The question of uniting with Romania comes up in the public debate quite often and the majority of the population seems to be in favour. As for the idea of Moldova as a nation-state, this is a very new idea, which has never existed before our independence in 1991.

Furthermore, Moldova is often considered a state without a nation. The idea of a Moldovan nation and language is linked to the efforts to forge a new sense of belonging and solidarity between the inhabitants of Moldova but also to differentiate ourselves from Romania.

This rhetoric is for instance used by the pro-Russian political parties so to answer your question, I would say the idea of unification with Romania is present but not seen as a priority because of the bad shape of the economy and corruption. As for the threat aspect, it is perceived as a menace by the part of the population which does not see itself as Romanian.

Q: By signing the association agreement with the EU, Moldovan authorities conveyed a political message to its citizens: “Moldova’s future is in the EU” ; isn’t it again an evidence of EU soft power in Moldova?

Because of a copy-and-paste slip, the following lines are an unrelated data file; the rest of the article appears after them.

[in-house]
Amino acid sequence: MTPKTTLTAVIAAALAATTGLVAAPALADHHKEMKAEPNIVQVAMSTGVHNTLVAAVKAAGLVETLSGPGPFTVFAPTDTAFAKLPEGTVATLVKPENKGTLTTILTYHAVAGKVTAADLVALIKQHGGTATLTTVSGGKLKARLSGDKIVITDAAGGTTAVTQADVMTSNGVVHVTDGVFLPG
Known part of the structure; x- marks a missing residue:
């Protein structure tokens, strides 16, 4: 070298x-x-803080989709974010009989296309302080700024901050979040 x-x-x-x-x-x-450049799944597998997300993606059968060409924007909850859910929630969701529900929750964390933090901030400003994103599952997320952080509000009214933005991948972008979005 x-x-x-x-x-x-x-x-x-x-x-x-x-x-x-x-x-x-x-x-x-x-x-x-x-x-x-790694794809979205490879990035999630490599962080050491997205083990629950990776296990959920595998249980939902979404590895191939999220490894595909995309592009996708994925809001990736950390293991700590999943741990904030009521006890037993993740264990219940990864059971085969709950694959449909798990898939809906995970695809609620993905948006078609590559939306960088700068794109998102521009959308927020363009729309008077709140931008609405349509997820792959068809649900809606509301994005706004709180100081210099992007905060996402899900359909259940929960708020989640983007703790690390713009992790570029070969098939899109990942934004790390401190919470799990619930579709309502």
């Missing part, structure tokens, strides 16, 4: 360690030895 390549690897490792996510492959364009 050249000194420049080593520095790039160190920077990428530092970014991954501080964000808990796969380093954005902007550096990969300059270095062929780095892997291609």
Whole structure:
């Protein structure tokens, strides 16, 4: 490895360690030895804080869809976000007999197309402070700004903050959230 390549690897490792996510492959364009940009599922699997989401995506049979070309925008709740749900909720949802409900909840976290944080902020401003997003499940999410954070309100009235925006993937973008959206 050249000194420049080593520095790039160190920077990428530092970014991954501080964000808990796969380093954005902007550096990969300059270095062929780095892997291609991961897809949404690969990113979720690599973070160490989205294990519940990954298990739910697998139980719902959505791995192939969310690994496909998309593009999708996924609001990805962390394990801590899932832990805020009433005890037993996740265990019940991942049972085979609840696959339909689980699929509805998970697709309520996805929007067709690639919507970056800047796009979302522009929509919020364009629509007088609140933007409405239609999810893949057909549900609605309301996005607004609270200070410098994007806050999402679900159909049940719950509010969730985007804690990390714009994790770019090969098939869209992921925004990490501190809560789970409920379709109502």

In my opinion, it could be considered soft power by the EU. I would even go so far and call it a “model power” as it is attracting without having this objective clearly stated.

Indeed, only the perspective of being a “European state” is a considerable argument in the internal politics of Moldova.  The EU is maybe not capitalizing enough on its attractiveness because of the unclear objectives of the European Neighborhood Policy (ENP). The Eastern Partnership was created to tackle the EU’s internal enlargement fatigue. The latter is not an integration policy but at the same time, its methodology is founded on the enlargement procedure. This is a big cause of ambiguity regarding the integration question. Will the Eastern Partnership countries further integrate with the EU in the future? This absence of a clear integration objective is making the EU power more diffuse and its policy less consistent.

*Dinu is a Moldovan graduate from the College of Europe who finished the Master of Arts in European Union’s (EU) International Relations and Diplomacy. He holds a Bachelor in Social and Economic Administration and a Master in International Relations from Paris I University, France.


Adrian Mogos and Vitalie Calugarenau, “How to buy EU citizenship”, ““, accessed 15 August 2016

Romanian National News Agency, “–19-45-19“, accessed on 12 August 2016